Some believe in the beauty of newness, which I admit, can be exhilarating. Some of my happiest memories from my childhood are playing among the carpet and kilim "farms" of Anatolia where weavers laid out their newly woven goods so that the sun could mute the newly dyed colors and the smell of the fresh wool could dissipate. The newness of all the rugs was dizzying and the beauty of the vibrant colors, I still believe, rival that of any painting in any museum. But the beauty of older rugs can match, and in many ways, even exceed the beauty of anything new. Their muted, rich colors, their worn coarse texture, and evidence of lives lived combine to make some older rugs truly spectacular. I see no reason or need to replace older rugs when they begin to show wear or their age. Quite the contrary, I only see need to repair or restore that which is torn or worn to the point of compromising a rug's structural integrity. In my opinion, a rug's signs of age are something to be coveted and not replaced.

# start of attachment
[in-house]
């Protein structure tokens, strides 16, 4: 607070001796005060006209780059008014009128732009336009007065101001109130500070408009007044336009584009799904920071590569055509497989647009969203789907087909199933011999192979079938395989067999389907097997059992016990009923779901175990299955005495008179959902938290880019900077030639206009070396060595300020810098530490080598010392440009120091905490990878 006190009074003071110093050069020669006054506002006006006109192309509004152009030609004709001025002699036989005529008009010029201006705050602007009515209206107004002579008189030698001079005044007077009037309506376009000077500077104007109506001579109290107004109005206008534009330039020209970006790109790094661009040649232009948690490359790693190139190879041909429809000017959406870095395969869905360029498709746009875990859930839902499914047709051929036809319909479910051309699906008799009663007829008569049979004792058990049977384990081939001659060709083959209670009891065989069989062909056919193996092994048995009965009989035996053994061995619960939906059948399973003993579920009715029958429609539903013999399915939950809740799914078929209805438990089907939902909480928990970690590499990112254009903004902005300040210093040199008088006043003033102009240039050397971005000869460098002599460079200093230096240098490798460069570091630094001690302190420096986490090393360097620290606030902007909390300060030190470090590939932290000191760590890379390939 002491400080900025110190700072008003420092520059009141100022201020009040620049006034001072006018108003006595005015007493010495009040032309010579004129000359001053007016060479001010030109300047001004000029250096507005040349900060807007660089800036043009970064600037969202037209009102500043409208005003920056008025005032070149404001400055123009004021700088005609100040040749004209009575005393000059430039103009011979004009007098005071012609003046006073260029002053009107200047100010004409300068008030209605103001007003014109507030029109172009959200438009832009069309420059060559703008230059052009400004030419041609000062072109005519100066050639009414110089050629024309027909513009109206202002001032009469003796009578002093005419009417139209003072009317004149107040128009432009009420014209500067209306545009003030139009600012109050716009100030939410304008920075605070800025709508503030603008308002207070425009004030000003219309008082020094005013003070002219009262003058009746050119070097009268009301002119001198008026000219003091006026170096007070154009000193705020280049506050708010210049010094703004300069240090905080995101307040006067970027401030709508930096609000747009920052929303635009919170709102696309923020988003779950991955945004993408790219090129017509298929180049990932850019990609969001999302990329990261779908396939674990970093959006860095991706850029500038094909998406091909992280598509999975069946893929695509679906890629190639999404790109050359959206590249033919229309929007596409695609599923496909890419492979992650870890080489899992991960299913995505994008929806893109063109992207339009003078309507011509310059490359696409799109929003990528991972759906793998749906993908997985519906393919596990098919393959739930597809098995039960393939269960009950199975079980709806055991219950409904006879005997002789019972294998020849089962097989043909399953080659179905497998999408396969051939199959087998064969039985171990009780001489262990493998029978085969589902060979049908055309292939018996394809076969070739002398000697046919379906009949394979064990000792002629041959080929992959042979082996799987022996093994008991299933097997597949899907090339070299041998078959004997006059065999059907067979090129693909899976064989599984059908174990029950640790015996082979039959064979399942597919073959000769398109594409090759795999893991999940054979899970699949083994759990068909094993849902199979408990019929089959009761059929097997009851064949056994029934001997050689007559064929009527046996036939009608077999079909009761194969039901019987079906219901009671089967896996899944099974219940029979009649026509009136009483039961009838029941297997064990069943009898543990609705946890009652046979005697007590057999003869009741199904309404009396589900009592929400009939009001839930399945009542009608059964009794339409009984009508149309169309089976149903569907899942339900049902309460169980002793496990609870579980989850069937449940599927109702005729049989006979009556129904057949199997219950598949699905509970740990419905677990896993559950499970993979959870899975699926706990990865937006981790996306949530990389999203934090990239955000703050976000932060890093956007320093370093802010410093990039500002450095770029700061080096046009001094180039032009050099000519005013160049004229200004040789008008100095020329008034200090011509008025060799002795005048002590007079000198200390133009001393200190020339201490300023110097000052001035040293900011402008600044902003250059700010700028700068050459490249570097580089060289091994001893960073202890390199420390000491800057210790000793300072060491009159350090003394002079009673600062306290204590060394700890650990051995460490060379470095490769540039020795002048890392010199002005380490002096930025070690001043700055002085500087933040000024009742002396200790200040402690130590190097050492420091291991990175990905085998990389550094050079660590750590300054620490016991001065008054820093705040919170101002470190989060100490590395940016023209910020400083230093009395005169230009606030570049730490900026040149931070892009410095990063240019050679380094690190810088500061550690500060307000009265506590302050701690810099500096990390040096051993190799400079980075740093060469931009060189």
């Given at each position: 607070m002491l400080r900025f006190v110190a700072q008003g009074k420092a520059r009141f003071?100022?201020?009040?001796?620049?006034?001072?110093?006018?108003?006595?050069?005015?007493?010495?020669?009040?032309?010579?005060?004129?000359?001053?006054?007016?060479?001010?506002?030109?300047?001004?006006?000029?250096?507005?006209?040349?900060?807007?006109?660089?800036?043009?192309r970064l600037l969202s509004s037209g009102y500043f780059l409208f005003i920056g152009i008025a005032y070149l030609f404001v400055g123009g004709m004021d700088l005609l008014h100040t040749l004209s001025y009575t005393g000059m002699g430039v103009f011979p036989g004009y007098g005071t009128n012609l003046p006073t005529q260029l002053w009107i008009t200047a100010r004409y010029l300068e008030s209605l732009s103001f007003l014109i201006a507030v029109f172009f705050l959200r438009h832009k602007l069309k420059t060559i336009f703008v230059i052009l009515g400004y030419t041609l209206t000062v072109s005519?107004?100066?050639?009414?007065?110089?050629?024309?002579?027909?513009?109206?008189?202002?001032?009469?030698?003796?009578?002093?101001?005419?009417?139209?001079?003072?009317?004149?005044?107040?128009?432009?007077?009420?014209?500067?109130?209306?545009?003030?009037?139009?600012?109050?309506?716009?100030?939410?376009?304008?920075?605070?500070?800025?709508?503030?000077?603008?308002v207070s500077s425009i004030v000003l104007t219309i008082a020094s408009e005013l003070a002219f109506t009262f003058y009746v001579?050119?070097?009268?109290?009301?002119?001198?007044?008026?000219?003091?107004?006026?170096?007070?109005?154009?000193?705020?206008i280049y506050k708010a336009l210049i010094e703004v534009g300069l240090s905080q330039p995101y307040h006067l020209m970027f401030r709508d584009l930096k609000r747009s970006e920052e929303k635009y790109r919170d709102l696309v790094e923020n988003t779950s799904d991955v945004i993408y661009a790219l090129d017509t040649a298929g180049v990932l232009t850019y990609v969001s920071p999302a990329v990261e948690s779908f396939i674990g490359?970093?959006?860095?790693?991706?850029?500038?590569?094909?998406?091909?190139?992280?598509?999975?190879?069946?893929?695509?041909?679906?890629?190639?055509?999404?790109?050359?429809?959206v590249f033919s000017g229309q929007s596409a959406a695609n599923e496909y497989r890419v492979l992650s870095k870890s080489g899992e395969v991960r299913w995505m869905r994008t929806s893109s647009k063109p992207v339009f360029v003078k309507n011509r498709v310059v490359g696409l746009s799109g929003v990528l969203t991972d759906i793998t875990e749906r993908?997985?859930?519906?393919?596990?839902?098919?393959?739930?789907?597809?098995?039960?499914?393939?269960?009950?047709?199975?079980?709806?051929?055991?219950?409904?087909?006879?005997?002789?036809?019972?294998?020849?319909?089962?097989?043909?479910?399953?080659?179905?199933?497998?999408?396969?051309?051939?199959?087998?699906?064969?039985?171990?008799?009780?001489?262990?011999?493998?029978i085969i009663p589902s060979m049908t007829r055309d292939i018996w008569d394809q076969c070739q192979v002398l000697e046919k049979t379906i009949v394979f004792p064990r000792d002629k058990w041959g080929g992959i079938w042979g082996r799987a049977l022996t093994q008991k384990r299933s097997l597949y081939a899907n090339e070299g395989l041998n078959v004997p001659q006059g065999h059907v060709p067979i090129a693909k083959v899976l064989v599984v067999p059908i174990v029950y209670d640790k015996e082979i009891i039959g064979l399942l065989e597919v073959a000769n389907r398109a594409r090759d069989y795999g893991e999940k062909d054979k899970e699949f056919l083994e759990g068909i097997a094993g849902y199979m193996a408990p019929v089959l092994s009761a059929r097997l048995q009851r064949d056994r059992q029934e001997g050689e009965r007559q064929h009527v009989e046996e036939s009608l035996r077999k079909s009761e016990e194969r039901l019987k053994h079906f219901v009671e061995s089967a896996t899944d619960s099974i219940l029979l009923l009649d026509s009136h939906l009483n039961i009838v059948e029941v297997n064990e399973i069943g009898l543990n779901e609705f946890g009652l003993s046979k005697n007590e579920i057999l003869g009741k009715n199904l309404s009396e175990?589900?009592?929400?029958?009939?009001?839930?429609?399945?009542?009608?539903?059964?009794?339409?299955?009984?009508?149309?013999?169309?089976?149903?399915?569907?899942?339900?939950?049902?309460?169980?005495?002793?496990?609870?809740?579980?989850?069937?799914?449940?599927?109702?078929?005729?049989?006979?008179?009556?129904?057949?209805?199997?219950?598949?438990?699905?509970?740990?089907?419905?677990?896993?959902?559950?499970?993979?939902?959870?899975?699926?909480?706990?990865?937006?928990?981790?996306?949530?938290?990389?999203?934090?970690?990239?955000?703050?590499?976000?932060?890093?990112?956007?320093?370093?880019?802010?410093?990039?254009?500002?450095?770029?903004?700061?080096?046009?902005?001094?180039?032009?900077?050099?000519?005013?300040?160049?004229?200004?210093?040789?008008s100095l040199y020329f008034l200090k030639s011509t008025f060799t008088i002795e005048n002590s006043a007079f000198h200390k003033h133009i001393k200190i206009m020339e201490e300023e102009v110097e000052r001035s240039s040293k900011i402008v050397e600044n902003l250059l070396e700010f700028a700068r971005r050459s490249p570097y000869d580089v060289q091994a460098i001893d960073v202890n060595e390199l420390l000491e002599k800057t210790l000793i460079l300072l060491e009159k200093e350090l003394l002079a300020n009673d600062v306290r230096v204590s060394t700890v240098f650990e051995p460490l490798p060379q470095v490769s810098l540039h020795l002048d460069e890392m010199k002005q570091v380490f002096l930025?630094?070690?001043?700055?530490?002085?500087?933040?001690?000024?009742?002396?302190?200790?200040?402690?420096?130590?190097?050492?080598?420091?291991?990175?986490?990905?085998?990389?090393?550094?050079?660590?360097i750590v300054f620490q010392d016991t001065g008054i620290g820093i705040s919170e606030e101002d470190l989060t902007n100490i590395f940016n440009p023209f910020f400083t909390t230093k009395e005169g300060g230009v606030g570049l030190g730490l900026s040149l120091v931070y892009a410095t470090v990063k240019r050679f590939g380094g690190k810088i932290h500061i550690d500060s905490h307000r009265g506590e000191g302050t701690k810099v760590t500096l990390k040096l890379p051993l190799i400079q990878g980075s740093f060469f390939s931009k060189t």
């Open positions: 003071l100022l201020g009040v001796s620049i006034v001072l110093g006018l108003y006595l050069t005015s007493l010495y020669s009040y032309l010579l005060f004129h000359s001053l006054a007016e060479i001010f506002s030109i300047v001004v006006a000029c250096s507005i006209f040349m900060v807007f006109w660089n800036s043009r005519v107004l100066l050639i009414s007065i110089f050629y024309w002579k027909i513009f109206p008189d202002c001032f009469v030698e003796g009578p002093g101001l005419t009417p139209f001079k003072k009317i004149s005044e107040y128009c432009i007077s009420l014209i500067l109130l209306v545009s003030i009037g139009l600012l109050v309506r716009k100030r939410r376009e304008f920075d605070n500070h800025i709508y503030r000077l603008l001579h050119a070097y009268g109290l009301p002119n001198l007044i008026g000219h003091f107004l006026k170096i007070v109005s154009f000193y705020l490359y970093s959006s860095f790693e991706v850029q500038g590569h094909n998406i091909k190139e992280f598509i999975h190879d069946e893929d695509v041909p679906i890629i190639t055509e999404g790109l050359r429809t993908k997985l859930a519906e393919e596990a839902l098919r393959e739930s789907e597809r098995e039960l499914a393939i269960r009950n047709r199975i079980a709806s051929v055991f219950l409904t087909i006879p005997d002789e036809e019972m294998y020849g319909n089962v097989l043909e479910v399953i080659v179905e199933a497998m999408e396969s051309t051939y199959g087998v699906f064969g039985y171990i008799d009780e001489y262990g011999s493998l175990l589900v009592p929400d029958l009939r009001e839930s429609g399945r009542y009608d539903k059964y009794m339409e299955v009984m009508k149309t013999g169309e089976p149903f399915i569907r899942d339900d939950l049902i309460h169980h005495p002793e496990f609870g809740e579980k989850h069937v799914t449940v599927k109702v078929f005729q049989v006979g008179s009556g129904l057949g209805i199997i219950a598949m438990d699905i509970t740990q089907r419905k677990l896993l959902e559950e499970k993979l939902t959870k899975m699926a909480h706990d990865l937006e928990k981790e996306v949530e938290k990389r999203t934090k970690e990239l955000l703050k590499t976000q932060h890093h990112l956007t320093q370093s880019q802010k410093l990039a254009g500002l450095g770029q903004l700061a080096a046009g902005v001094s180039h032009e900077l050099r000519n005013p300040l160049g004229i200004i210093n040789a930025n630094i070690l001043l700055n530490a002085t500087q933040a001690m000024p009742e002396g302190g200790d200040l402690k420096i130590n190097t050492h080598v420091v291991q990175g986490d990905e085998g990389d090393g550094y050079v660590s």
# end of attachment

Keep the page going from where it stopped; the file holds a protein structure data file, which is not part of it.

This beautiful antique Kerman rug had significant tears and wear along a path where I assume generations of a family walked. In our next posts, we will show how we extended the life of this old beauty.